What is a Roth Conversion?
A Roth Conversion refers to the process of transferring money from a tax-deferred account to a Roth IRA, where the growth will not be taxed. The Planner is designed to help you project your future income and income tax liabilities. Once you’ve got an accurate plan, your plan may indicate a period with a low income tax rate relative to subsequent years. If you have excess income to pay more in income tax, you can perform a Roth Conversion or two. This means you transfer the tax deferred money to the Roth and pay the taxes in the year of the conversion. You’re waging a bet that paying taxes early is going to equalize your tax rate across your lifetime and reduce your total lifetime income tax.
See this video to learn how to use the Roth Conversion Explorer.
What are the assumptions underlying the Roth Conversion Explorer?
The Explorer will solve for the highest liquid net worth at your goal age(s).
If your after-tax accounts have a higher growth rate than your tax-deferred accounts, the Explorer will not suggest an optimized plan because allowing the after tax money to grow will result in a higher net worth.
The charts illustrating the current plan compared to the optimized plan include any Roth Conversions you have entered in your plan.
The Explorer assumes that the converted funds will grow at the same rate as the current tax deferred account.
If you have entered a future rate change in your accounts, you may be unable to reproduce the Optimized Plan suggested by the Roth Conversion Explorer.
The Explorer assumes that assets in your current 401k are not eligible for conversions until you are 59 ½. If you want your current plan to be included in the Explorer Plan, change your account type to "Former 401k."
Traditional IRAs and "Former 401ks" will be included. If you want an account excluded, change your account type to "Current 401k."
If you do not have enough funds in after-tax accounts to cover the tax liability prior to age 59 ½, conversions will not be suggested.
After age 59 ½ the optimized plan will utilize converted assets to pay the taxes on the conversion after after-tax assets have been depleted.
In the optimized plan, accounts are converted in order of optimistic growth from high to low.
Tax rates are based on current tax rates and remain static throughout the plan.
529 and HSA accounts are excluded.
The Explorer makes an assumption that all Traditional IRA accounts and all Other Pre-Tax accounts are eligible for conversion. This may be an issue if you have an inherited IRA or other non-eligible tax-advantaged accounts modeled in your plan.
Why can’t I apply the suggested Roth Conversions to my plan?
We don’t support a “click and apply” method for the Roth Conversion Explorer due to the fact that it has one intended purpose. The Roth Conversion explorer is designed to optimize for the highest liquid estate value at your longevity age. So, it may pay a good deal of taxes ahead of time to minimize the tax liability of your estate at longevity age.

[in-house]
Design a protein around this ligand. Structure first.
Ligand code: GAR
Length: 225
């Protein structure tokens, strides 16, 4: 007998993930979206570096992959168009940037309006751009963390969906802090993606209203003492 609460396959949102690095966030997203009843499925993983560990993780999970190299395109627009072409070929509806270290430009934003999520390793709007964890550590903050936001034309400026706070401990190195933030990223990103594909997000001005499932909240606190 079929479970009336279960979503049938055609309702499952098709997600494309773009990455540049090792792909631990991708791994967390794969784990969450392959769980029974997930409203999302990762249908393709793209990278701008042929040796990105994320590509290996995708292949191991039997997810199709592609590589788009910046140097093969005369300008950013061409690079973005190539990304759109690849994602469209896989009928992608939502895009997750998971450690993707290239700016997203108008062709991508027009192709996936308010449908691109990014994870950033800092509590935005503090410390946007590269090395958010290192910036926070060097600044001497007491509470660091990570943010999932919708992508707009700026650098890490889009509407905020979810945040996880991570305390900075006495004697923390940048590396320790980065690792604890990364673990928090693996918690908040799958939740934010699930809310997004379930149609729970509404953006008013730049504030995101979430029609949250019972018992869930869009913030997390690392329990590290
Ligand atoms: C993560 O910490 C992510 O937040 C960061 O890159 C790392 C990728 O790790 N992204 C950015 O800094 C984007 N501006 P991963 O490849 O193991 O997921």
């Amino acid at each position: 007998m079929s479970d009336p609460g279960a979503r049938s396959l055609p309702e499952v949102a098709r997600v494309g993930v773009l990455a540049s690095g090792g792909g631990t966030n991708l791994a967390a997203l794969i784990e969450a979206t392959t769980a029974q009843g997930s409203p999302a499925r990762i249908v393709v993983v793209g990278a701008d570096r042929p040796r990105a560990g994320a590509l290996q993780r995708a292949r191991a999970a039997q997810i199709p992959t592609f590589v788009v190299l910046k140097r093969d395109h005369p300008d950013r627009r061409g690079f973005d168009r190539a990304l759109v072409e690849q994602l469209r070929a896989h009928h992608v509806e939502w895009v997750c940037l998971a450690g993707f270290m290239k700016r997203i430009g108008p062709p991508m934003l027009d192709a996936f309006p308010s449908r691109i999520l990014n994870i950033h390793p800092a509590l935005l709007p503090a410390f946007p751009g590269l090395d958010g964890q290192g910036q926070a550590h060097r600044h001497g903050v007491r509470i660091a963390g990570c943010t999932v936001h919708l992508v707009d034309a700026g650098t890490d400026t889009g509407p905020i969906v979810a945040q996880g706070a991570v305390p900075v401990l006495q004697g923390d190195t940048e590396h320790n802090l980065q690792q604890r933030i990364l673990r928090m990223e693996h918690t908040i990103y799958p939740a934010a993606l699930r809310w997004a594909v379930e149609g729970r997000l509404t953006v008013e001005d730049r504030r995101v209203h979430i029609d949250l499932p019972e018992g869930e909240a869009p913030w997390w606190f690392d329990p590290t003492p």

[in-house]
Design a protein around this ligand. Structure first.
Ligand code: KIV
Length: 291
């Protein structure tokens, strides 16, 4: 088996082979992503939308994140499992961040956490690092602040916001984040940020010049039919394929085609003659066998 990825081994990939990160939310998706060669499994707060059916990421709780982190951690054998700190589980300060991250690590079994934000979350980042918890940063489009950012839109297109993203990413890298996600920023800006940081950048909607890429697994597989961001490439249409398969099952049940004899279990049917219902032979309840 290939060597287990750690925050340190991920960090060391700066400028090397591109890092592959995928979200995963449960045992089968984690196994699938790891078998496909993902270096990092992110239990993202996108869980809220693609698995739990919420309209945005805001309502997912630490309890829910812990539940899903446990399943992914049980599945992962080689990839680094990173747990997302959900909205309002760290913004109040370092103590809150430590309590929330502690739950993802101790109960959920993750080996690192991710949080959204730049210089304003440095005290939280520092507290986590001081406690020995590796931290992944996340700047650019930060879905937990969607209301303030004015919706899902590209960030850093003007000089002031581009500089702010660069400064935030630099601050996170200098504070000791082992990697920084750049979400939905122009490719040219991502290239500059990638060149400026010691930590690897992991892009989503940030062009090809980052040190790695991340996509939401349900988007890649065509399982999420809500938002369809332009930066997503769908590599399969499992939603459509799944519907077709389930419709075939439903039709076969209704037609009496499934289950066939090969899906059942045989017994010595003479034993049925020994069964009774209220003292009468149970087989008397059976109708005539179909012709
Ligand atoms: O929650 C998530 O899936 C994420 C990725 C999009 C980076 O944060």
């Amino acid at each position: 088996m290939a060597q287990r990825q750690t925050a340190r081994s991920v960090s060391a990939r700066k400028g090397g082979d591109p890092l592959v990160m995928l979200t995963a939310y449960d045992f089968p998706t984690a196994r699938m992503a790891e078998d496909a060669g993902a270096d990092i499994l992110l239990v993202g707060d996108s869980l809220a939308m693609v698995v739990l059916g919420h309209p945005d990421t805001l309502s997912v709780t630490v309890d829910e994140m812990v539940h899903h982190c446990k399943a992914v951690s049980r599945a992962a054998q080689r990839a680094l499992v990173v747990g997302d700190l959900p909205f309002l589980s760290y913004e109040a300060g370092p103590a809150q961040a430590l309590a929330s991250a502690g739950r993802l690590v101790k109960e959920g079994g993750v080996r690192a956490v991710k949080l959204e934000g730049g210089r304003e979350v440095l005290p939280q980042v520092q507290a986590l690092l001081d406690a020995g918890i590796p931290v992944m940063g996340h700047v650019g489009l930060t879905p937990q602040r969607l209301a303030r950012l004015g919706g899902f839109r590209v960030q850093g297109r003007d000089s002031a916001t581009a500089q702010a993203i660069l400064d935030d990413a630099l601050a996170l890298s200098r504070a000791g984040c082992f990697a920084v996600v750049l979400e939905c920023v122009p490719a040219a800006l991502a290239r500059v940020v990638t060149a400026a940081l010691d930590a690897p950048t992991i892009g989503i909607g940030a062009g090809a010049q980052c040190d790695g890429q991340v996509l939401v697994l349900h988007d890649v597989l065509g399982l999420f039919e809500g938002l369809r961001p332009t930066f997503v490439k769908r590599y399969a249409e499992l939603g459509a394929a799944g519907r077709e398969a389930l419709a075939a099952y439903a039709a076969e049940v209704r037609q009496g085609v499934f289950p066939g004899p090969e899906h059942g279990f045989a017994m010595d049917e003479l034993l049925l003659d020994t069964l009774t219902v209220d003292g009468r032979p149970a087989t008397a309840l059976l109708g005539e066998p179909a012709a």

Your plan is dependent on your unique goals. We encourage you to consider the advantages and disadvantages of Roth Conversions in your specific situation and then intentionally enter your conversions in My Plan > Money Flows > Roth Conversions or My Plan > Money Flows > Transfers.
So, overall the Explorer is a great place for insights. From there you can consider performing conversions on a year by year basis as your plan dynamics change and you choose to pay taxes ahead of time.
What are the assumptions underlying Roth Conversions in Money Flows?
Prior to age 59 ½ the planner will drain 100% of your taxable assets to pay the taxes. This may not be what you want/intend to do.
If you are converting prior to age 59 ½, you may be subject to a penalty for early withdrawal. This is not calculated in the Planner but you will get a coach alert.
When you create a Roth Conversion in Money Flows, the Planner creates a new account entitled Roth Conversions. You have the ability to modify the growth rates for this account. We suggest you use the same growth rates as any current Roth IRA. However, if you do this and model the conversions suggested in the Roth Explorer, you will see different results.
If you would prefer to model the conversion into your current Roth account, enter the Roth Conversions as a Transfer.
See this video to learn how to Model Roth Conversions in My Plan > Money Flows
How are the taxes on Roth Conversions paid?
When you perform a Roth Conversion the assumption is that you are paying taxes from outside of the IRA. The taxes are paid in accordance with our plan operations and withdrawal order. If additional funds are needed, the Planner will use funds from the source IRA being converted (conversion proceeds.)
It's essential to use your own discernment and consider your investing and planning temperament prior to executing any financial strategy. We also recommend that you validate your strategies with a tax professional or your tax software.
Please see our article on the Withdrawals for further information.